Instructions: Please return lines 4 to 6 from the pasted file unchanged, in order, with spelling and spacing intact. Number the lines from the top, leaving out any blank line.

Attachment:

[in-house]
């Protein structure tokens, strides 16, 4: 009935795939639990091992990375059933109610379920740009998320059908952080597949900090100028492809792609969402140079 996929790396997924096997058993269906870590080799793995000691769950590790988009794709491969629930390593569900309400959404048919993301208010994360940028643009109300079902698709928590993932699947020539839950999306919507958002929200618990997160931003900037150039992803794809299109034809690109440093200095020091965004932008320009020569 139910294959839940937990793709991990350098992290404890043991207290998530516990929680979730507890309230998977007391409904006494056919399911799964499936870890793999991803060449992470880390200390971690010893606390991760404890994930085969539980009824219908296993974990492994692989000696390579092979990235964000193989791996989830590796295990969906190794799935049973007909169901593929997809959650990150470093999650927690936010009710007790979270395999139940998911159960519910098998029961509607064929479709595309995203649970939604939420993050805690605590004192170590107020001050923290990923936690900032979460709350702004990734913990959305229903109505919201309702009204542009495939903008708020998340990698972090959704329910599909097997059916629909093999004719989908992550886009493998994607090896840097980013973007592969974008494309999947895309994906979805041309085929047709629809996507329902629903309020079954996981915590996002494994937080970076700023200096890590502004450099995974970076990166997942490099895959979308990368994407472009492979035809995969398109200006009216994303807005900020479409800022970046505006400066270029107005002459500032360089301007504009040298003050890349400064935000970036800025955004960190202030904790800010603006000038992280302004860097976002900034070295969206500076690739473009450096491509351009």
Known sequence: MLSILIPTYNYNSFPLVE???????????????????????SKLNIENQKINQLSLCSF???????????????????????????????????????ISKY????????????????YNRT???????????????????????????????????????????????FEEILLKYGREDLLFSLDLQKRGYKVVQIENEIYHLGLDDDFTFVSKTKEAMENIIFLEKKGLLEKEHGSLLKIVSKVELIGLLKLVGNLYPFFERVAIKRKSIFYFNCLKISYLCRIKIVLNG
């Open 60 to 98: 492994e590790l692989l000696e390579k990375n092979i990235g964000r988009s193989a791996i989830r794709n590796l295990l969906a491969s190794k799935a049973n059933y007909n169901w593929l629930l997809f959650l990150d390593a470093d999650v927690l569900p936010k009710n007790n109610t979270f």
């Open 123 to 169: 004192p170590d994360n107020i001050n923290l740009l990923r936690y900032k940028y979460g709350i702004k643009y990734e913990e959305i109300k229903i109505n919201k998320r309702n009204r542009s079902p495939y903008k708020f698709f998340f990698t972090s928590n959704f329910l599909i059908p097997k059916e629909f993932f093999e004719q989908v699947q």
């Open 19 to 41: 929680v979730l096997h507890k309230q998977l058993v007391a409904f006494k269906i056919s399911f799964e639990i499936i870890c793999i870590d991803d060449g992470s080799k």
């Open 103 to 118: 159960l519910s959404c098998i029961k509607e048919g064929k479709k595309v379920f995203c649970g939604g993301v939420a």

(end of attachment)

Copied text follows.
């Open 60 to 98: 492994e590790l692989l000696e390579k990375n092979i990235g964000r988009s193989a791996i989830r794709n590796l295990l969906a491969s190794k799935a049973n059933y007909n169901w593929l629930l997809f959650l990150d390593a470093d999650v927690l569900p936010k009710n007790n109610t979270f």
């Open 123 to 169: 004192p170590d994360n107020i001050n923290l740009l990923r936690y900032k940028y979460g709350i702004k643009y990734e913990e959305i109300k229903i109505n919201k998320r309702n009204r542009s079902p495939y903008k708020f698709f998340f990698t972090s928590n959704f329910l599909i059908p097997k059916e629909f993932f093999e004719q989908v699947q």
């Open 19 to 41: 929680v979730l096997h507890k309230q998977l058993v007391a409904f006494k269906i056919s399911f799964e639990i499936i870890c793999i870590d991803d060449g992470s080799k």